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    A Tour of Public Art in Downtown West Chester

    Public Art brings character, perspective, and beauty to any community. West Chester boasts an impressive number of multi-media pieces throughout our town. Visit DowntownWestChester.com to learn more about public art and self-guided tours of West Chester.

     

    STONE RELIEFS
    10 North High Street (Created by Harry Rosin)
    A four-panel sculpture looms some 80-feet above the sidewalk. Within the panels, fifteen carved figures are set in poses, each representing a point in the history of European settlements. Nearly three years of planning, controversy, and compromise took place before the sculptures were finally erected in 1966. Next time you walk the first block of North High, look up and admire the view.

     

    “Pippin was known for his bold, colorful, and candid paintings that comment on race, religion, war, and history.”

     

    THE RED BENCH
    Everhart Park, Near Minor & Everhart Streets
    Life imitates art with “The Red Bench,” painted to honor local artist Horace Pippin and his last painting entitled “Man on a Bench.” The bench has been maintained in Everhart Park in honor of Pippin’s important artistic and social contributions to our community. Pippin was known for his bold, colorful, and candid paintings that comment on race, religion, war, and history. He became one of the first African-American artists to receive national acclaim.

    The Red Bench

    FRIENDS
    Marshall Square Park (Created by Marty Long)
    Carved from a 125-year-old red oak and standing at 18 feet high, this imaginative sculpture offers 360-degree views and was brought to life using only chainsaws, sanders, and grinders. The friends you’ll find in the sculpture include a care-taking gnome, a fox, a hummingbird, and many more. Two owls sit perched atop the sculpture taking in the views of Marshall Square Park.

     

    “…this statue stands as an inspiration to the West Chester Community of Douglass’ legacy of social justice, bravery, and perseverance.”

     

    FREDRICK DOUGLASS MEMORIAL
    Outside Phillips Memorial Hall, West Chester University, (Created by Richard Blake) Frederick Douglass, the former slave, distinguished orator, journalist, author, and statesman is memorialized with this lifesize statue on the campus of West Chester University. Erected in 2013, this statue stands as an inspiration to the West Chester Community of Douglass’ legacy of social justice, bravery, and perseverance. He carries a broken rope to represent his freedom from the bondage of slavery and the promise of a better future. Benches circle the statue offering an opportunity to sit and reflect.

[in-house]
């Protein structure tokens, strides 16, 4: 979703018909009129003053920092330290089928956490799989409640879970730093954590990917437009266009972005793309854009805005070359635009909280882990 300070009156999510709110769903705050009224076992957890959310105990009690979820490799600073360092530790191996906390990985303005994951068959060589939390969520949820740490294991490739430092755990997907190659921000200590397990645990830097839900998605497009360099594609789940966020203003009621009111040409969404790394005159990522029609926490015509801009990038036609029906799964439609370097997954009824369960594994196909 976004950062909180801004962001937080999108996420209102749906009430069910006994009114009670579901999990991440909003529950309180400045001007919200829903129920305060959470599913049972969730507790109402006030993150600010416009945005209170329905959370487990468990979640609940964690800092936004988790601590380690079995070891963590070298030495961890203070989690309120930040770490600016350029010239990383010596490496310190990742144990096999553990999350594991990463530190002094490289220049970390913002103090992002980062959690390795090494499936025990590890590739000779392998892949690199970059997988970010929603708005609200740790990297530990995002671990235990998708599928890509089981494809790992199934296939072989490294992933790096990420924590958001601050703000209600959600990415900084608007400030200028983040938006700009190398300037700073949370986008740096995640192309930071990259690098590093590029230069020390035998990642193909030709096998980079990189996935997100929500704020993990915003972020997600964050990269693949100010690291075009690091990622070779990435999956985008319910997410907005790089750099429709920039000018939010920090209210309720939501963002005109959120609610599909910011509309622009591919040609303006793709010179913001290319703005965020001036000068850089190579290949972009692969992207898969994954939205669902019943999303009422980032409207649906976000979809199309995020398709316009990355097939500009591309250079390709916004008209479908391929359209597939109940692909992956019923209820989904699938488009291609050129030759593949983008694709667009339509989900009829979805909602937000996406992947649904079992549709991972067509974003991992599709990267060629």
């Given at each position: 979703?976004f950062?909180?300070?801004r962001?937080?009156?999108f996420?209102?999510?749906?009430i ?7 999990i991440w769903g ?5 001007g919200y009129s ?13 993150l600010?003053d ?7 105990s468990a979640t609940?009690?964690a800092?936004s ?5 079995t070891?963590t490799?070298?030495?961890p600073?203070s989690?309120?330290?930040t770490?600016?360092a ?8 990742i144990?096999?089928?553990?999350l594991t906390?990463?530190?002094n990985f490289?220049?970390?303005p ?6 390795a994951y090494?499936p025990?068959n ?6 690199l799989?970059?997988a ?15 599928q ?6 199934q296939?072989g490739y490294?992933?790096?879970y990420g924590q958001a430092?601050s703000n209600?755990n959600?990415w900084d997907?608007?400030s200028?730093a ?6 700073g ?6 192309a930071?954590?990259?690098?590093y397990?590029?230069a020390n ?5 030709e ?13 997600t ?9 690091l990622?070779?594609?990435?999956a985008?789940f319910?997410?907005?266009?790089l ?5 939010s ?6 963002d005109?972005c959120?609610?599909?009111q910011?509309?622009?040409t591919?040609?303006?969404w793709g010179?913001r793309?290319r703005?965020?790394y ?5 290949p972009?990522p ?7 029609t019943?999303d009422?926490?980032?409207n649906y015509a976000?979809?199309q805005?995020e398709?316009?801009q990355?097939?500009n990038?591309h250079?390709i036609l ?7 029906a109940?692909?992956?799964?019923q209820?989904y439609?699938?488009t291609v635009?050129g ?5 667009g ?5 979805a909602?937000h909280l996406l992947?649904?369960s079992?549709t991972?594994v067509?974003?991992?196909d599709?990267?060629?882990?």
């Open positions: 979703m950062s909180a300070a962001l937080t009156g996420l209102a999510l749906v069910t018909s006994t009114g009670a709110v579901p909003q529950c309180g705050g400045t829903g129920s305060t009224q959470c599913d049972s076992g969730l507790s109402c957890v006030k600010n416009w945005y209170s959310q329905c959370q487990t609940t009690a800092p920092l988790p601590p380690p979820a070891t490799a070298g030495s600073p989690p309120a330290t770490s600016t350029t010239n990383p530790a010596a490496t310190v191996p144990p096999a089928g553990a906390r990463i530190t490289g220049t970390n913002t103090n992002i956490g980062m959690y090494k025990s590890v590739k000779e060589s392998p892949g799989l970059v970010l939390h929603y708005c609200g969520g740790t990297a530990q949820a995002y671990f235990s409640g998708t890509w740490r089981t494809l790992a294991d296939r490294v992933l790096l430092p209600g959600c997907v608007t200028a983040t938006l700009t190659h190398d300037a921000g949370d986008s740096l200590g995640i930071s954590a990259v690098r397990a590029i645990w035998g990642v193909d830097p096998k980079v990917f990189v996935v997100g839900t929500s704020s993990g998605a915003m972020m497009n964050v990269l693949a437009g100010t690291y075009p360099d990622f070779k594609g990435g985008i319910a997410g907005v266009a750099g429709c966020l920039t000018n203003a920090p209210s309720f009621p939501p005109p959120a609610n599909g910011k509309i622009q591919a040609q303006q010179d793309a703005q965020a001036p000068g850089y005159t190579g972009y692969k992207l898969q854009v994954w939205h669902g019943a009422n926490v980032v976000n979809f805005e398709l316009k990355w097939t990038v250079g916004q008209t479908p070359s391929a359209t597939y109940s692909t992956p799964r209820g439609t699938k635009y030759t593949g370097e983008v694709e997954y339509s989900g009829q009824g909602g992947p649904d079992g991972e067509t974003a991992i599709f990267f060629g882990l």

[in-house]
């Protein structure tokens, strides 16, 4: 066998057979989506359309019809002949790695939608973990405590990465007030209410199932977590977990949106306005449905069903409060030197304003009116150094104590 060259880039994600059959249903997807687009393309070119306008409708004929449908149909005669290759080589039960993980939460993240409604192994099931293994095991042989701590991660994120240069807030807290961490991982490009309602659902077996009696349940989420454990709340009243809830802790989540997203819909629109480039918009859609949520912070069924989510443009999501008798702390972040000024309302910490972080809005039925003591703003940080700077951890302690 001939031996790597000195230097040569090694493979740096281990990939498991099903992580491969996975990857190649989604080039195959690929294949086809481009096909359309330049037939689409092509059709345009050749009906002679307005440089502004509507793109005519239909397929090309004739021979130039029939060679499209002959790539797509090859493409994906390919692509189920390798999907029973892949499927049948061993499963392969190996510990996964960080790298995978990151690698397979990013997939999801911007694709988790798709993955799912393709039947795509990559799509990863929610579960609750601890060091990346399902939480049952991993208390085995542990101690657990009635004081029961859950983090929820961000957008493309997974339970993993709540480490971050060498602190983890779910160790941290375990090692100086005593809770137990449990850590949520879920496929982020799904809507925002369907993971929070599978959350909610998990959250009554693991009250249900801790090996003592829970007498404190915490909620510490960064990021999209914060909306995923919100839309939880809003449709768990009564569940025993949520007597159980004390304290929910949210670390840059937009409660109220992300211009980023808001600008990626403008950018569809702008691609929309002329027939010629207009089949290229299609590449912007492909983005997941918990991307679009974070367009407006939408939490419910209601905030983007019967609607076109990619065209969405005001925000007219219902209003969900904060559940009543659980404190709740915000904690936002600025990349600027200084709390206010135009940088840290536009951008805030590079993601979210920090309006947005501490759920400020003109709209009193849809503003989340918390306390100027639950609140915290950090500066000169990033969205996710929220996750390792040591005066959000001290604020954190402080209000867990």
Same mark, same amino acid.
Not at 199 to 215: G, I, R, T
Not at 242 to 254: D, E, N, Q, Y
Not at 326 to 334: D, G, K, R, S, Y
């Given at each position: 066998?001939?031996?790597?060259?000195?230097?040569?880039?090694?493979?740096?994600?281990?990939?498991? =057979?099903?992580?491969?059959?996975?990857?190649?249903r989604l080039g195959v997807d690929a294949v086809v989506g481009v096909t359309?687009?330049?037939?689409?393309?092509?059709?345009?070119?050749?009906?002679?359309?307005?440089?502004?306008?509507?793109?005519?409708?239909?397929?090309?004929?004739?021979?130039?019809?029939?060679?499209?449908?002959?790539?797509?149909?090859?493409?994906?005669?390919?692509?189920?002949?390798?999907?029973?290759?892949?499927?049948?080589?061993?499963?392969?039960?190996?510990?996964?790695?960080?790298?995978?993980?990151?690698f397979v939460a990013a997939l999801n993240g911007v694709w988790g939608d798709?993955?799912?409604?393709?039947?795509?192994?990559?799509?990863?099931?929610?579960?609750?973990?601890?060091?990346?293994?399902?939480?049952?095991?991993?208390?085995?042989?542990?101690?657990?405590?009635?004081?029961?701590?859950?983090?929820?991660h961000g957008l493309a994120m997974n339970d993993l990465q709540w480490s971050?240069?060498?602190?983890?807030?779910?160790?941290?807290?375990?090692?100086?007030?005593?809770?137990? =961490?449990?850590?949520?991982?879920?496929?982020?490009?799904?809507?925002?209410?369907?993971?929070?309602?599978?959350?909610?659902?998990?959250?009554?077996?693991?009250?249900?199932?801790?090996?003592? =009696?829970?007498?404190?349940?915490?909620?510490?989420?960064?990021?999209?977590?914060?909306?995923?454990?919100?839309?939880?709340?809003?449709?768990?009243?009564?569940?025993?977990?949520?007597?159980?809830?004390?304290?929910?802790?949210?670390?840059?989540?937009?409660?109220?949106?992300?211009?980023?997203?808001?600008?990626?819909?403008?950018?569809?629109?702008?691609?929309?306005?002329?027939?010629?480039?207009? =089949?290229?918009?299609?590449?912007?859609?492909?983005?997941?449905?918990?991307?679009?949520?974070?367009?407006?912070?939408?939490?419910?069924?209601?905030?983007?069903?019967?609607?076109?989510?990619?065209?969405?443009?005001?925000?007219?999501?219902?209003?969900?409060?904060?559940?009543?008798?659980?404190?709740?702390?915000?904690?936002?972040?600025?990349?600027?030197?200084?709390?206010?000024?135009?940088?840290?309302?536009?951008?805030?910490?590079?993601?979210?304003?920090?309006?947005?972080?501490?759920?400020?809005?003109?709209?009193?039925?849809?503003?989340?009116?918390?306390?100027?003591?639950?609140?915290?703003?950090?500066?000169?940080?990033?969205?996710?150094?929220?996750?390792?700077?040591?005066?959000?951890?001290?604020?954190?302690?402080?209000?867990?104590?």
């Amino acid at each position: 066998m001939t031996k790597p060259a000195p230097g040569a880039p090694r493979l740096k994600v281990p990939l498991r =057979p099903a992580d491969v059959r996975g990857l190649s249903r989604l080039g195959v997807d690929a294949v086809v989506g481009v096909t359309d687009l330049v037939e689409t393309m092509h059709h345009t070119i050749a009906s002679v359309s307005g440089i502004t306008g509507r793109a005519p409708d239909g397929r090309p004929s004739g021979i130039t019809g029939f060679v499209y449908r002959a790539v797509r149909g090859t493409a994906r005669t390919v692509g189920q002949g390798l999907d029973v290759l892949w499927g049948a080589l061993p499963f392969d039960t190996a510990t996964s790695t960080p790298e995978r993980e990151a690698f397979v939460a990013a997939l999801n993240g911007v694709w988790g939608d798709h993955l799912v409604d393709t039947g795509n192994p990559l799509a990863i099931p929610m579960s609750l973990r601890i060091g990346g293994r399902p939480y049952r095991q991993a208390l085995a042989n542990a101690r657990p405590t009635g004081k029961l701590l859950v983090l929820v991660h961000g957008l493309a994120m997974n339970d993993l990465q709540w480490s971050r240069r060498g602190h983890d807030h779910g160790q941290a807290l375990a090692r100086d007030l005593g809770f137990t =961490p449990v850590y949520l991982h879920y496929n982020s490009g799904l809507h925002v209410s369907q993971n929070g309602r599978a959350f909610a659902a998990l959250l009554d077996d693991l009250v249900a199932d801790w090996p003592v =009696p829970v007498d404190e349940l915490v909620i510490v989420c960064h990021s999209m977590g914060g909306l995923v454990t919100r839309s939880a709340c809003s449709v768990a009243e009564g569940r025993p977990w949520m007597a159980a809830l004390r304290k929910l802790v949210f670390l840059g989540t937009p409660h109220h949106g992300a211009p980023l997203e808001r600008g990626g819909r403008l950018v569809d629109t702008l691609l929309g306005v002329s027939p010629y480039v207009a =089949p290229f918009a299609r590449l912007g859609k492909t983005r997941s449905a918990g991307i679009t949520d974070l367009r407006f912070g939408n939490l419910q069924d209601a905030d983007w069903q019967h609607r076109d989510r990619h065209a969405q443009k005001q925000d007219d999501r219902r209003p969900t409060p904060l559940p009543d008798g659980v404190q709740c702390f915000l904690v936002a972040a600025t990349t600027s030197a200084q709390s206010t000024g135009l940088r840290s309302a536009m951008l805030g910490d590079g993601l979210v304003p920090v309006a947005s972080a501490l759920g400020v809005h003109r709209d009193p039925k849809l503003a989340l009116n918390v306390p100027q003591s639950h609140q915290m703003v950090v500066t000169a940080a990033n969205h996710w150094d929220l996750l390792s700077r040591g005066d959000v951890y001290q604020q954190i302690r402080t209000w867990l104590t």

OLD GLORY
    Corner of High & Market Streets (Created by Harry Lewis Raul)
    Erected in 1915 to honor the brave soldiers and sailors from Chester County who enlisted in the Civil War, this historic statue stands at 19 feet high and is perfectly framed by the Courthouse behind it. Made of bronze, artist Harry Lewis Raul created the final design at a cost of $20,000 in the early 1900s.

    Old Glory

    THE LAMP POST BANNER PROJECT BY THE WEST CHESTER PUBLIC ARTS COMMISSION
    Throughout downtown (By various artists)
    The banner project was first created in 2018 to celebrate the borough’s designation as a “Great American Main Street” and to publicly honor local artists and historical figures. See the current banners on High Street, East Gay Street, and West Market Street.

     

    THE WEST CHESTER FLAG
    On display in the lobby of Borough Hall (Designed by Julie Allen, Commissioned by WC PAC)
    West Chester’s new flag design was laid out with the six original streets—Chestnut, Gay, Market, Church, High, and Walnut—then tilted the grid on its true axis. The flag reflects the Borough’s central place as a crossroads town and represents the streets where people shop, work, dine, parade, and play.

    The West Chester Flag

    PAINTED PLANTERS
    Downtown (By Artists at Chester County Art Association)
    Some twenty years ago, a number of artists, many of them students, were commissioned to paint a Brandywine Valley scene on planters now gracing downtown sidewalks. Each one was adopted by a nearby business to share a bit of whimsy with visitors.

    Painted Planters

    Thank you to the West Chester Business Improvement District of your support of our community’s arts community and for sponsoring this feature!